Max Fisher wrote recently on Vox that partitioning countries is seldom pleasant. He also reluctantly posited that in Iraq today, it may be the least bad option.

Why the reluctance? Partitioning countries along ethnic or sectarian lines is, historically, the way most viable nation-states have been made. To see why, consider two outcomes from the last time a country broke apart into several: Yugoslavia.

 

Serbia and Croatia

The Balkan Wars effectively tipped off when Croatia tried to secede, and a majority-Serb region of Croatia -- the Krajina -- counter-seceded. The central question of the ensuing war was: "Will there be a Croatia, and if so, what will its borders be?"

The Croats settled this question by winning. In 1995, they conquered the Krajina and evicted nearly everyone in it. It wasn't pretty, but it was decisive and everyone knew it. Two decades on, the countries live peacefully side by side, with Croatia in the EU and Serbia angling to join. Compare that with this:

 

Bosnia and Herzegovina

Bosnia was the most polyglot of Yugoslavia's seven states, and the site of its most infamous massacre during the war. Today's it's an internationally-midwifed, multi-ethnic society... but it's also divided and unworkable. Its citizens mostly live in different regions, threaten to secede often, vote along ethnic lines, and have parallel administrative structures. Their government is among the world's most complicated and least productive. A senior Balkan diplomat once told me that "Bosnia was only put on the U.N. Security Council [in 2010-11] to keep it from splitting up."

Bosnia now depends on indefinite international stewardship. That can work for a small country of 3.8 million in a stable neighborhood, but for a sprawling nation of 33 million in the heart of the Middle East, it cannot.

 

The results of Iraq's December 2005 elections just happen to line up neatly with what its future borders might look like.

So what does this mean for Iraq?

At this point, a united Iraq would, at best, work like Bosnia does. In other words, it wouldn't. A partitioned Iraq, properly configured, would work like Croatia and Serbia do -- unpleasantly created, but viable and peaceful in the long term. More importantly, nearly all the concerns Fisher raises about partition will be worse if Iraq stays together than if it doesn't.


Partition won't internationalize the conflict

It's not true, as is commonly said, that partitions internationalize a conflict: unfinished partitions do. Pakistan-India, Israel-Palestine, and Sudan-South Sudan never agreed on borders, meaning that unresolved intrastate problems became interstate problems. In Iraq today, "Should there be an Kurdistan?" is therefore less of a threat to peace than "Who gets Kirkuk?"

Croatia demonstrated the most effective way around this problem: create indisputable facts on the ground. This is done by conquering territory and expelling unwanted minorities, and like it or not, the parties are already doing this in Iraq. The longer the outside world waits, the more ruthlessly effective this process will be.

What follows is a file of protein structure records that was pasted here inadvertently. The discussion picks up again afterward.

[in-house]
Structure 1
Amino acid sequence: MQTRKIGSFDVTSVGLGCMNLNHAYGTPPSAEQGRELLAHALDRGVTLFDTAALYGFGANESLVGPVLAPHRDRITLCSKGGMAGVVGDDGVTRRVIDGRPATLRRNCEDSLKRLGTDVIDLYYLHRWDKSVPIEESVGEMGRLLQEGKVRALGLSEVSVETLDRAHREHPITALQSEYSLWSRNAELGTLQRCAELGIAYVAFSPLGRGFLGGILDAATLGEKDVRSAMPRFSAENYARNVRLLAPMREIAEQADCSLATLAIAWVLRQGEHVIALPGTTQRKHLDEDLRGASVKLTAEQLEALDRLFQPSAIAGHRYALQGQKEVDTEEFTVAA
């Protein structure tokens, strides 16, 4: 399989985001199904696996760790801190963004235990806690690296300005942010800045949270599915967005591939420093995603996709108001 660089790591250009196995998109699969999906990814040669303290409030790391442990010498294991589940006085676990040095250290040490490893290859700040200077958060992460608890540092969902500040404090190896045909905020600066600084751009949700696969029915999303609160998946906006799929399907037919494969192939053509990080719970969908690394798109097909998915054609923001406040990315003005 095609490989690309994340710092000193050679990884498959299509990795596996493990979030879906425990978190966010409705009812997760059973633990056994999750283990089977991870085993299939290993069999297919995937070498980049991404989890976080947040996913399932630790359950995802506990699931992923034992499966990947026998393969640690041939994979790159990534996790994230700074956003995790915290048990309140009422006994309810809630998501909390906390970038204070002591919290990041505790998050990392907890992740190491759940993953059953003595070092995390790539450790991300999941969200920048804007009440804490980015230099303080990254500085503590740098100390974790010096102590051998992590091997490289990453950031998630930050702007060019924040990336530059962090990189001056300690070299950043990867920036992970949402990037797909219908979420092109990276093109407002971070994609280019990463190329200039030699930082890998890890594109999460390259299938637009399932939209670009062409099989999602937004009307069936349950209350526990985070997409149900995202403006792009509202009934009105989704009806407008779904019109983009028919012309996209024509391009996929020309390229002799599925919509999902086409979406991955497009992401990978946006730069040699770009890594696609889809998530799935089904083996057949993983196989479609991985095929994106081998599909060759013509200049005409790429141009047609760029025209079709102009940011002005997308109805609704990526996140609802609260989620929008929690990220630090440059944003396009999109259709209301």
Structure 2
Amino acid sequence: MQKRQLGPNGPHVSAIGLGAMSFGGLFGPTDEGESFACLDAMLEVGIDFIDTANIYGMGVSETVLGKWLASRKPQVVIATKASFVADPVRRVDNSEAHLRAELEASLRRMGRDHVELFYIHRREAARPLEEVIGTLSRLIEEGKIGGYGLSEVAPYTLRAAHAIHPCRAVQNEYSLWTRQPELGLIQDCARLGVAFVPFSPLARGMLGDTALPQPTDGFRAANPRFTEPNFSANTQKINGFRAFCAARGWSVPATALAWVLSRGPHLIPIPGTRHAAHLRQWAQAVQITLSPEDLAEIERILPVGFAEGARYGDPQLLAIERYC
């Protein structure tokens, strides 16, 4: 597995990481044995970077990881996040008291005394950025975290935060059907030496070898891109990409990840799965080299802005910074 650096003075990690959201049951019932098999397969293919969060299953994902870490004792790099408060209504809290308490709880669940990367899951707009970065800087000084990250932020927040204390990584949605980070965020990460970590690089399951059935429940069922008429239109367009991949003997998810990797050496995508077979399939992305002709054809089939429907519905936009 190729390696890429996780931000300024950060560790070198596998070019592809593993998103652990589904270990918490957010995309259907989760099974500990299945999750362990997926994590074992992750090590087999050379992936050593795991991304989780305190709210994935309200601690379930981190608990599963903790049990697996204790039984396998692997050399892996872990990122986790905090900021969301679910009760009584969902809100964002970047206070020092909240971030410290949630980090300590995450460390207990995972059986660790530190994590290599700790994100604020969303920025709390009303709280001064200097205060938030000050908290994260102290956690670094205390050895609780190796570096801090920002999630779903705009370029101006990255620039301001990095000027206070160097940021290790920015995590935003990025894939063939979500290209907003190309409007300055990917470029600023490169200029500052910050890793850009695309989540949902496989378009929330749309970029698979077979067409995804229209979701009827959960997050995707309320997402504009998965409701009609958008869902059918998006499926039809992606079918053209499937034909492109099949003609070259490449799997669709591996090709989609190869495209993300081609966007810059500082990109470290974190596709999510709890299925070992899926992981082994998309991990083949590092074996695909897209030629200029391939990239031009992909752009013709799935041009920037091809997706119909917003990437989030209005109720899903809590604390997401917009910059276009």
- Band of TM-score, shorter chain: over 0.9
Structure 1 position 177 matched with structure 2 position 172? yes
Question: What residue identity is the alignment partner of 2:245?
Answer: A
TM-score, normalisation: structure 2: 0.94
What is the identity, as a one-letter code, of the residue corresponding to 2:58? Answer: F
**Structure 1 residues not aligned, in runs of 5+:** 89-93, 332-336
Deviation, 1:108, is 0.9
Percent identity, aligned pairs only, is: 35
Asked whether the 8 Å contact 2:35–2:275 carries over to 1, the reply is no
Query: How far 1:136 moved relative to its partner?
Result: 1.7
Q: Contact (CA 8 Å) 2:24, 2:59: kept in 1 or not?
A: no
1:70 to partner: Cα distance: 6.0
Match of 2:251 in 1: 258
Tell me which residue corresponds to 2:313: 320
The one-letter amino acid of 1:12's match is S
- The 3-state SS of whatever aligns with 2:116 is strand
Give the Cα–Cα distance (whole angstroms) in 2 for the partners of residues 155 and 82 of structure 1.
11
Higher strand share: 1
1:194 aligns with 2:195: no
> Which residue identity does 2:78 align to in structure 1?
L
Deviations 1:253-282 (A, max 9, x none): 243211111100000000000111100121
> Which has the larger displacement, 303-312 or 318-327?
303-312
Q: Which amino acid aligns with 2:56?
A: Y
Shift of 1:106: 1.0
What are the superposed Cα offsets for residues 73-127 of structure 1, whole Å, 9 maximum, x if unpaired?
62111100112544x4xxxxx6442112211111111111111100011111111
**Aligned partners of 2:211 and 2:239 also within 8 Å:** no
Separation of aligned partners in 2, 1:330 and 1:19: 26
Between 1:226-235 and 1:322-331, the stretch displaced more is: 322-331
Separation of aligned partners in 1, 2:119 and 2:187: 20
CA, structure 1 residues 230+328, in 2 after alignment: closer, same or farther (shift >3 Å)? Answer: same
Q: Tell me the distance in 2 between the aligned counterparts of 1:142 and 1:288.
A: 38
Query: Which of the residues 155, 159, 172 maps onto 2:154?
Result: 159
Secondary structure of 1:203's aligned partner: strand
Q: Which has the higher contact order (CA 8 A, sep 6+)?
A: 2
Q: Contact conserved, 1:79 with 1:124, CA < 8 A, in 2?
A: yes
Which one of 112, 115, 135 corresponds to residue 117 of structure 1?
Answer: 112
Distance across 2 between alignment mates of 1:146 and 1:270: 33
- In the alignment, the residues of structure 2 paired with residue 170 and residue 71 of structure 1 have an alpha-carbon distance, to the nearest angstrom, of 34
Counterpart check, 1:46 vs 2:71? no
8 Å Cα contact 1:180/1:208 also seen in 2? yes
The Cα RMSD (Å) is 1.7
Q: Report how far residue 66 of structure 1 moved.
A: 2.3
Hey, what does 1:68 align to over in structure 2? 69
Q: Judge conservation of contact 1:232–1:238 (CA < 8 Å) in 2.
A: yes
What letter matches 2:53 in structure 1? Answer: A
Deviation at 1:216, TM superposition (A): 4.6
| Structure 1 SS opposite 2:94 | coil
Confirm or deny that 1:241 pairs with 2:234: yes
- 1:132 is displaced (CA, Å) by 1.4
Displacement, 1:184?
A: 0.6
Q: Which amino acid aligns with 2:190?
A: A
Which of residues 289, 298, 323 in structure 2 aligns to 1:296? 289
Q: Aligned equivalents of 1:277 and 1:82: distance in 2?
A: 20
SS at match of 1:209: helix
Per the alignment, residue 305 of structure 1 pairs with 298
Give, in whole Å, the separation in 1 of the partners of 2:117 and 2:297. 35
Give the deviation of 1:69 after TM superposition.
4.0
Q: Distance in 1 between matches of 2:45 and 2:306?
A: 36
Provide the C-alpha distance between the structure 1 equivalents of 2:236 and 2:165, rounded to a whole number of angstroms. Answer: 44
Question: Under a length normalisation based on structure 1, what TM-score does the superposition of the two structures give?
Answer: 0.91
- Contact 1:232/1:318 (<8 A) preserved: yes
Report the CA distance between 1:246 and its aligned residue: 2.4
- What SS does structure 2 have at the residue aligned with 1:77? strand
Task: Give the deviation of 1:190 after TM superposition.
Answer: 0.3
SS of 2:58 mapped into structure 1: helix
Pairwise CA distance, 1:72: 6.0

Partition won't worsen life for minorities

In the short term, minorities suffer hugely in partitions, often being forcibly displaced in large numbers. But this is already true in a united Iraq: UNHCR estimates more than 3.5 million Iraqis are internally displaced. Long term, a clear partition removes the existential fear of other groups, encouraging moderation. Five years after the committing the largest act of European ethnic cleansing since World War II, Croatia, now secure in its own borders, invited all displaced Serbs home. (Half returned.) Serbia, meanwhile, overthrew its strongman Slobodan Milosevic, who died in the Hague.


Partition will require less, not more, of America

A united Iraq appears to require a permanent (and unwanted) American presence, but a divided one would not. Washington would need only the capability to repulse an overt attack by one state against another, something it's pretty good at doing.


Partition will discourage Saudi-Iranian power jockeying

A united but weak Iraq almost forces Iran and Saudi Arabia to compete for influence, with ruinous results. By contrast, a clearly defined partition, particularly between the Sunni Arab and Shiite Arab regions, would also yield clearly defined spheres of influence, leaving the regional heavyweights with nothing to fight over.


Partition is happening anyway

With the Kurds increasingly making a play for national liberationSunni conquerors breaking on the rocks of Shiite regions and vice versa, an Iraqi (and possibly Syrian) breakup looks more likely by the day. Letting the parties get there on their own is better, both morally and strategically, than helping one side crush the others to save an arbitrarily-created state that has never shown it can be governed well.

The history of partitions is fraught, but an Iraqi future modeled on Croatia and Serbia is viable. A future modeled on Bosnia and Herzegovina is not. Partition is the least bad option. It may be the only good option.

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